In downtown Dallas Friday, new recruits pledged to protect and defend their country.
They're just part of a growing number who found that in uncertain times, patriotism pays, CBS News correspondent Cynthia Bowers reports.
"Unemployment rates are [skyrocketing], and when you are looking at how bad unemployment rates are going, I think you find yourself going, 'What do I do now?"' said Army recruit James Stabile.
The troubled economy has even become part of the recruiters' arsenal. And the pitch may be paying off. The Army led all four branches of the military, exceeding recruiting goals.
And it's not just new recruits. The Army also surpassed its goal for retaining men and women already serving by 14 percent.
Kevin Bonds signed his re-enlistment papers Friday. The Sgt. First Class could have retired tomorrow after 20 years in the Illinois National Guard.
"Until the economy changes and turns turn around, I'm in for the long run," he said.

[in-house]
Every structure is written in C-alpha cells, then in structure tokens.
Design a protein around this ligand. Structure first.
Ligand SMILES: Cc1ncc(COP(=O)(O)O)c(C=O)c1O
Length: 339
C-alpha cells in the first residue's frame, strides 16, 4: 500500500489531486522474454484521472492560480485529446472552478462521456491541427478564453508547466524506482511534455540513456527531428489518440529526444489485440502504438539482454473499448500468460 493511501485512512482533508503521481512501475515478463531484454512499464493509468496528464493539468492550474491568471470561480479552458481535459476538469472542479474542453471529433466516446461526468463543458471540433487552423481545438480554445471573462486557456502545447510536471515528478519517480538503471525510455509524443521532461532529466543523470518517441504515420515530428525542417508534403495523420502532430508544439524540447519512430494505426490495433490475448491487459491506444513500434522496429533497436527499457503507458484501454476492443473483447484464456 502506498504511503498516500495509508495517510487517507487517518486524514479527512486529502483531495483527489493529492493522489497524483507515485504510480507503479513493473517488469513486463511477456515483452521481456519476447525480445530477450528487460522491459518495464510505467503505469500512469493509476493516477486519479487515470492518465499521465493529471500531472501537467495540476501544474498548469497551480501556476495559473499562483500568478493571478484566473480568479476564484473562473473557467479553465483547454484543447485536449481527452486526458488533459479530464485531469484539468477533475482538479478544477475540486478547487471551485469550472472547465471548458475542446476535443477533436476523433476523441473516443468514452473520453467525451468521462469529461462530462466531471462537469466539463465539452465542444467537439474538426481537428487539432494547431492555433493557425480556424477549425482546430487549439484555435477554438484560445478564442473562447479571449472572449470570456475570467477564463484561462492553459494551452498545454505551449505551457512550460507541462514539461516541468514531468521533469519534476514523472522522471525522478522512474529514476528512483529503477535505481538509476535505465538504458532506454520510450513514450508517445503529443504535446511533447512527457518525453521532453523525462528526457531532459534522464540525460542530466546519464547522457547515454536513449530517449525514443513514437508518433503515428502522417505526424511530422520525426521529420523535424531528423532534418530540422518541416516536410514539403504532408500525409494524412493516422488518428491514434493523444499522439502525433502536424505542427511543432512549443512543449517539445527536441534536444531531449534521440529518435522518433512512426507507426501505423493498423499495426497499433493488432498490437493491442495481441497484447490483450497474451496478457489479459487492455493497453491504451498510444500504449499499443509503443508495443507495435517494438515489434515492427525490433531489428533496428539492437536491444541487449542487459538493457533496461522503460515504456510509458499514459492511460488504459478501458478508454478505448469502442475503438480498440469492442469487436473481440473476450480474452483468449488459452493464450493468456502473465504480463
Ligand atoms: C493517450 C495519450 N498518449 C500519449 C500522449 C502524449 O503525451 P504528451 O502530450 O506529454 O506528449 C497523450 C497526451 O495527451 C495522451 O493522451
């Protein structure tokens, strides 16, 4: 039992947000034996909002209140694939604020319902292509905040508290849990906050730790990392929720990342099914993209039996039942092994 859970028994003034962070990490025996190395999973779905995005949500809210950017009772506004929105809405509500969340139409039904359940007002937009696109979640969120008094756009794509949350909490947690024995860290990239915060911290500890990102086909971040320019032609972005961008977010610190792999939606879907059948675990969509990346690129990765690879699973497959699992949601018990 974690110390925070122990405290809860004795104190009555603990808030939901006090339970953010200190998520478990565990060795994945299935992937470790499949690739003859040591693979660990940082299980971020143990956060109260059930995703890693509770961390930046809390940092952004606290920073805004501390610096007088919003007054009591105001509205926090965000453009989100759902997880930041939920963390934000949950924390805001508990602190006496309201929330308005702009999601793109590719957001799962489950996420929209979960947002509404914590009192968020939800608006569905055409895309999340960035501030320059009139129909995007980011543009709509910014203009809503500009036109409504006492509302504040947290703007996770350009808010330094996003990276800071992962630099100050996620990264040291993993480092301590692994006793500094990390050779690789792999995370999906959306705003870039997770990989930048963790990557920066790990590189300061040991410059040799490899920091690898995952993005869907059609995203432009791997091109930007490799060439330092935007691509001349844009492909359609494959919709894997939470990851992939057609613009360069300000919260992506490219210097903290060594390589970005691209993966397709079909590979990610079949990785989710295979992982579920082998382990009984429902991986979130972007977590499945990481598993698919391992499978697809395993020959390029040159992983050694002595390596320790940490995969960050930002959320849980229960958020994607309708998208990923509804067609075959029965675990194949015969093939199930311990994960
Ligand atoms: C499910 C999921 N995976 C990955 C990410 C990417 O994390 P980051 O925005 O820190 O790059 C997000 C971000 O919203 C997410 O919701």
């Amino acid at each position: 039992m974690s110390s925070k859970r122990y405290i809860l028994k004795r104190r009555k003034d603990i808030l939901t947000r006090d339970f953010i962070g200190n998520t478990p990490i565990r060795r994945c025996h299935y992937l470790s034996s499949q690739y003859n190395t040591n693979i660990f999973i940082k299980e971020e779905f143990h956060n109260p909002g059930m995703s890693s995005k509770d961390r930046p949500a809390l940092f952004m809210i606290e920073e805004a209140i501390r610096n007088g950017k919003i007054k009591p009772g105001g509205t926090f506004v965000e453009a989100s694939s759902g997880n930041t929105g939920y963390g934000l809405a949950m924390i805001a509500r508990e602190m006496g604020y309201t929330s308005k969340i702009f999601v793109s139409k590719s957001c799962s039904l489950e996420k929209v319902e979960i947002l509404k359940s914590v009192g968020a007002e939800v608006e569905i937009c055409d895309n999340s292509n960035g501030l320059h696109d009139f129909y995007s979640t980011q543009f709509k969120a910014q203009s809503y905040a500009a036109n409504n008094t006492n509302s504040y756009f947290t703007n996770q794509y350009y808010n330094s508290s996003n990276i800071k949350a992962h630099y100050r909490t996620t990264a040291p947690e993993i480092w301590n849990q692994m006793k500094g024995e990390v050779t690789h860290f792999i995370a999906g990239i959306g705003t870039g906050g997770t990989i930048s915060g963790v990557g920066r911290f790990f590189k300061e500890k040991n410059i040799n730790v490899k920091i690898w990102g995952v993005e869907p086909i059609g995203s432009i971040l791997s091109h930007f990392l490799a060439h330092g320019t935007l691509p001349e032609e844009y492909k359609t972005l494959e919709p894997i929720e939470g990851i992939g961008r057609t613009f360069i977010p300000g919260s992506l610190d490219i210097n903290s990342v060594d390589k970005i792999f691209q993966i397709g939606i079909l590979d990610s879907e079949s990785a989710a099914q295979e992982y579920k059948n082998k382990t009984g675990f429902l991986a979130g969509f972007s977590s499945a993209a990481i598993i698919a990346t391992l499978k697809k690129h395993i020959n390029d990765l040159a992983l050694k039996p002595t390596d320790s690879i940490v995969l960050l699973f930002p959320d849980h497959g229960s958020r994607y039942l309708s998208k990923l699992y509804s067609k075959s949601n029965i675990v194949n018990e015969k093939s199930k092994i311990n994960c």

Sgt. Mathew Steen has also re-signed. He says patriotism means more than a paycheck, but admits the Army is a great place to prepare for any career.
"You've got good benefits, your medical, you've got your dental, and you're getting the skills to lead people," Steen said.
The military says the economic downturn is too recent to be the sole reason behind the recruiting surge - but acknowledges that it helps.
"What difficult economic times give us, I think, is an opening to make our case to people we might not otherwise have," said Undersecretary of Defense David Chu. "And if we make our case, I think we can be successful."
That success comes at a critical time for a military stretched between two wars, and for soldiers hoping to security their country - and their own economic futures.